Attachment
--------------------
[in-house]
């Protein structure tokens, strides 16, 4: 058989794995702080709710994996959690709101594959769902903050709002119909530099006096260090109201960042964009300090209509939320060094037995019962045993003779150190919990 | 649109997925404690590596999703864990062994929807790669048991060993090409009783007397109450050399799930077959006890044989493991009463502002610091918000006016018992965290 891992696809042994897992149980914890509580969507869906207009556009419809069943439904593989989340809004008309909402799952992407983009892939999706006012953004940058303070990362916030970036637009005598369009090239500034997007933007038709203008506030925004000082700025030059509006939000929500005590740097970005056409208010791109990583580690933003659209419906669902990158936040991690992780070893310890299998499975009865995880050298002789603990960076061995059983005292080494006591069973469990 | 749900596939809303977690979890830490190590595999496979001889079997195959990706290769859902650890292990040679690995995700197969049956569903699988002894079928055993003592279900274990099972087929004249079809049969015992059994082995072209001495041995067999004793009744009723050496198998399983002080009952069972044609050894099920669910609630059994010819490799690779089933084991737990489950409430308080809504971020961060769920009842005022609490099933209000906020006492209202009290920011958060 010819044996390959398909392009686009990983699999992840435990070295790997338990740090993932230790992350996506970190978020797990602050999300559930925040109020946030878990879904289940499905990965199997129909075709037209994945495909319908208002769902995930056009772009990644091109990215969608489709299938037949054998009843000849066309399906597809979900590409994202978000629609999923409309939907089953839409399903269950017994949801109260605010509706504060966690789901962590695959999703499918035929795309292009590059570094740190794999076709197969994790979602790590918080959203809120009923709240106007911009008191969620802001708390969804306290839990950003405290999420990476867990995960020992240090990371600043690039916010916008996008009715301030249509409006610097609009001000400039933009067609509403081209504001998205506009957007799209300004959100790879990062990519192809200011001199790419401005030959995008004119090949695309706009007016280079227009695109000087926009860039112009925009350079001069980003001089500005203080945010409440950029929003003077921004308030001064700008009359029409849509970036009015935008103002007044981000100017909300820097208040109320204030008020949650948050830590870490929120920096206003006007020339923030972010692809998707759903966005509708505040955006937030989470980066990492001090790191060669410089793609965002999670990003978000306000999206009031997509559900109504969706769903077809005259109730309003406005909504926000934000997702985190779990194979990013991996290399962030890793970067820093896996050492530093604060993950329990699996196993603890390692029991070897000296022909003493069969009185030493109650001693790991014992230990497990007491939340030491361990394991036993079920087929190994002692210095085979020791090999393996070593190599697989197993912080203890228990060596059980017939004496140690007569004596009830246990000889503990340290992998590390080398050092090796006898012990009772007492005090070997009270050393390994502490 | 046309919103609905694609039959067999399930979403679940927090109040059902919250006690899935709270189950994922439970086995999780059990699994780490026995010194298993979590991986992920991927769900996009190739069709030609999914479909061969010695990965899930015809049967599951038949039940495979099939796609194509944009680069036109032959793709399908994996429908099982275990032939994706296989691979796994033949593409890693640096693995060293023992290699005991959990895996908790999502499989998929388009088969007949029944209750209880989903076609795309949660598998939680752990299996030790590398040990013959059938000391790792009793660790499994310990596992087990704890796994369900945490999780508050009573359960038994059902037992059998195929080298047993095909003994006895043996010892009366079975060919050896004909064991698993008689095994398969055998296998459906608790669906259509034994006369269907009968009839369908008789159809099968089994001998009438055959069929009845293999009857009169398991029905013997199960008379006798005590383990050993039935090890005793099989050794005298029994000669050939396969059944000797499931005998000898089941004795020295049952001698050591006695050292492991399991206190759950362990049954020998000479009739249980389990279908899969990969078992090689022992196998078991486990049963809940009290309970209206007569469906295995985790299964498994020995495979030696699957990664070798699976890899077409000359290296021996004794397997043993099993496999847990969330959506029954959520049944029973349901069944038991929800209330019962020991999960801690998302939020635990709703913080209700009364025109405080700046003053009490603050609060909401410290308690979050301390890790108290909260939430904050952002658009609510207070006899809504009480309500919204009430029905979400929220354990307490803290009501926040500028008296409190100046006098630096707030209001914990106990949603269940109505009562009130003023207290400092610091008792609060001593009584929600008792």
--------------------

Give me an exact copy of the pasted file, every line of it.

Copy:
[in-house]
């Protein structure tokens, strides 16, 4: 058989794995702080709710994996959690709101594959769902903050709002119909530099006096260090109201960042964009300090209509939320060094037995019962045993003779150190919990 | 649109997925404690590596999703864990062994929807790669048991060993090409009783007397109450050399799930077959006890044989493991009463502002610091918000006016018992965290 891992696809042994897992149980914890509580969507869906207009556009419809069943439904593989989340809004008309909402799952992407983009892939999706006012953004940058303070990362916030970036637009005598369009090239500034997007933007038709203008506030925004000082700025030059509006939000929500005590740097970005056409208010791109990583580690933003659209419906669902990158936040991690992780070893310890299998499975009865995880050298002789603990960076061995059983005292080494006591069973469990 | 749900596939809303977690979890830490190590595999496979001889079997195959990706290769859902650890292990040679690995995700197969049956569903699988002894079928055993003592279900274990099972087929004249079809049969015992059994082995072209001495041995067999004793009744009723050496198998399983002080009952069972044609050894099920669910609630059994010819490799690779089933084991737990489950409430308080809504971020961060769920009842005022609490099933209000906020006492209202009290920011958060 010819044996390959398909392009686009990983699999992840435990070295790997338990740090993932230790992350996506970190978020797990602050999300559930925040109020946030878990879904289940499905990965199997129909075709037209994945495909319908208002769902995930056009772009990644091109990215969608489709299938037949054998009843000849066309399906597809979900590409994202978000629609999923409309939907089953839409399903269950017994949801109260605010509706504060966690789901962590695959999703499918035929795309292009590059570094740190794999076709197969994790979602790590918080959203809120009923709240106007911009008191969620802001708390969804306290839990950003405290999420990476867990995960020992240090990371600043690039916010916008996008009715301030249509409006610097609009001000400039933009067609509403081209504001998205506009957007799209300004959100790879990062990519192809200011001199790419401005030959995008004119090949695309706009007016280079227009695109000087926009860039112009925009350079001069980003001089500005203080945010409440950029929003003077921004308030001064700008009359029409849509970036009015935008103002007044981000100017909300820097208040109320204030008020949650948050830590870490929120920096206003006007020339923030972010692809998707759903966005509708505040955006937030989470980066990492001090790191060669410089793609965002999670990003978000306000999206009031997509559900109504969706769903077809005259109730309003406005909504926000934000997702985190779990194979990013991996290399962030890793970067820093896996050492530093604060993950329990699996196993603890390692029991070897000296022909003493069969009185030493109650001693790991014992230990497990007491939340030491361990394991036993079920087929190994002692210095085979020791090999393996070593190599697989197993912080203890228990060596059980017939004496140690007569004596009830246990000889503990340290992998590390080398050092090796006898012990009772007492005090070997009270050393390994502490 | 046309919103609905694609039959067999399930979403679940927090109040059902919250006690899935709270189950994922439970086995999780059990699994780490026995010194298993979590991986992920991927769900996009190739069709030609999914479909061969010695990965899930015809049967599951038949039940495979099939796609194509944009680069036109032959793709399908994996429908099982275990032939994706296989691979796994033949593409890693640096693995060293023992290699005991959990895996908790999502499989998929388009088969007949029944209750209880989903076609795309949660598998939680752990299996030790590398040990013959059938000391790792009793660790499994310990596992087990704890796994369900945490999780508050009573359960038994059902037992059998195929080298047993095909003994006895043996010892009366079975060919050896004909064991698993008689095994398969055998296998459906608790669906259509034994006369269907009968009839369908008789159809099968089994001998009438055959069929009845293999009857009169398991029905013997199960008379006798005590383990050993039935090890005793099989050794005298029994000669050939396969059944000797499931005998000898089941004795020295049952001698050591006695050292492991399991206190759950362990049954020998000479009739249980389990279908899969990969078992090689022992196998078991486990049963809940009290309970209206007569469906295995985790299964498994020995495979030696699957990664070798699976890899077409000359290296021996004794397997043993099993496999847990969330959506029954959520049944029973349901069944038991929800209330019962020991999960801690998302939020635990709703913080209700009364025109405080700046003053009490603050609060909401410290308690979050301390890790108290909260939430904050952002658009609510207070006899809504009480309500919204009430029905979400929220354990307490803290009501926040500028008296409190100046006098630096707030209001914990106990949603269940109505009562009130003023207290400092610091008792609060001593009584929600008792």